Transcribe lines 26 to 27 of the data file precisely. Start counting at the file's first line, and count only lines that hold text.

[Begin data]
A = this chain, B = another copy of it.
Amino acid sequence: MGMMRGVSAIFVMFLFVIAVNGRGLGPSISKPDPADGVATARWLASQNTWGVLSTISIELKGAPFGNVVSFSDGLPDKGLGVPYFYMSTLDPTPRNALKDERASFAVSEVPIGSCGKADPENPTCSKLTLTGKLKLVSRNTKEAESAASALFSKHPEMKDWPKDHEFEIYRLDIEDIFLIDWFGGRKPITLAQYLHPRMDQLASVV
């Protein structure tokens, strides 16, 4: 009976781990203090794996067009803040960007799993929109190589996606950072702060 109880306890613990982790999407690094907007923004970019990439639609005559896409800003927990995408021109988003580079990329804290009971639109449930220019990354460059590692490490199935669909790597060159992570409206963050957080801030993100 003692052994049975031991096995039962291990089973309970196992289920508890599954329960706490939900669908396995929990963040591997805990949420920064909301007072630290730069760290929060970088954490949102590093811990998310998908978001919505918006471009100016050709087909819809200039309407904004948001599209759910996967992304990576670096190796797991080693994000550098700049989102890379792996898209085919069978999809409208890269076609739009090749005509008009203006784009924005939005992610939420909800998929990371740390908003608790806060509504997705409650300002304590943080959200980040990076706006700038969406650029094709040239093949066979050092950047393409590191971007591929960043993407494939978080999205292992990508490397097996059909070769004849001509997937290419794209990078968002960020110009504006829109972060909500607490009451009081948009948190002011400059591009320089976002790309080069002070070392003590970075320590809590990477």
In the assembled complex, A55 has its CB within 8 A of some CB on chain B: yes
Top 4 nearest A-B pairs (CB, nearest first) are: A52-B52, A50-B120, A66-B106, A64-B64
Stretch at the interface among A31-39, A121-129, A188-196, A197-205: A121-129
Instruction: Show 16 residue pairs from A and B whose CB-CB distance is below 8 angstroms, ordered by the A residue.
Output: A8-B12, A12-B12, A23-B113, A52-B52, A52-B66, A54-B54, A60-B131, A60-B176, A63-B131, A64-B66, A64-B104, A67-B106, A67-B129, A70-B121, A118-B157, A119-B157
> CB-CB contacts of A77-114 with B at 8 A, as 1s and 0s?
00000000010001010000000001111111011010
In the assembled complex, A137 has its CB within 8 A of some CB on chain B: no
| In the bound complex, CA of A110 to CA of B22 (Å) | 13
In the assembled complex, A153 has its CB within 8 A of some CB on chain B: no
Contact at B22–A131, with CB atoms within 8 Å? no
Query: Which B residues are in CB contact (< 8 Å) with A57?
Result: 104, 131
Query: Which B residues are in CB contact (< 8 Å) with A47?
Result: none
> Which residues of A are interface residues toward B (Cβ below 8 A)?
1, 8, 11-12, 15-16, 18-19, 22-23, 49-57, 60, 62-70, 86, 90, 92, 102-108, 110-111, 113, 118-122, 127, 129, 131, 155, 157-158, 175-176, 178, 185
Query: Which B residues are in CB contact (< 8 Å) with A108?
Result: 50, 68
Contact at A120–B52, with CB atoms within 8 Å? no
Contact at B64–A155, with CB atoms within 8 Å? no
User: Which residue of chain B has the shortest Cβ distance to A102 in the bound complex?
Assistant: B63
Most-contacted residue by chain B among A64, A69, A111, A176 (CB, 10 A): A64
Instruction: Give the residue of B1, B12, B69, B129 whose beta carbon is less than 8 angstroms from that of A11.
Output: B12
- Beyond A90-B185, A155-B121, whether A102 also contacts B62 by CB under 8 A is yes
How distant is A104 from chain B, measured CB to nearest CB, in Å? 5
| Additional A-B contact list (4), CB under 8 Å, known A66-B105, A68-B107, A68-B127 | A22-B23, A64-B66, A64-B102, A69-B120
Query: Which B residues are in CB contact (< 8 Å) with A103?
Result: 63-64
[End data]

Assistant: B63
Most-contacted residue by chain B among A64, A69, A111, A176 (CB, 10 A): A64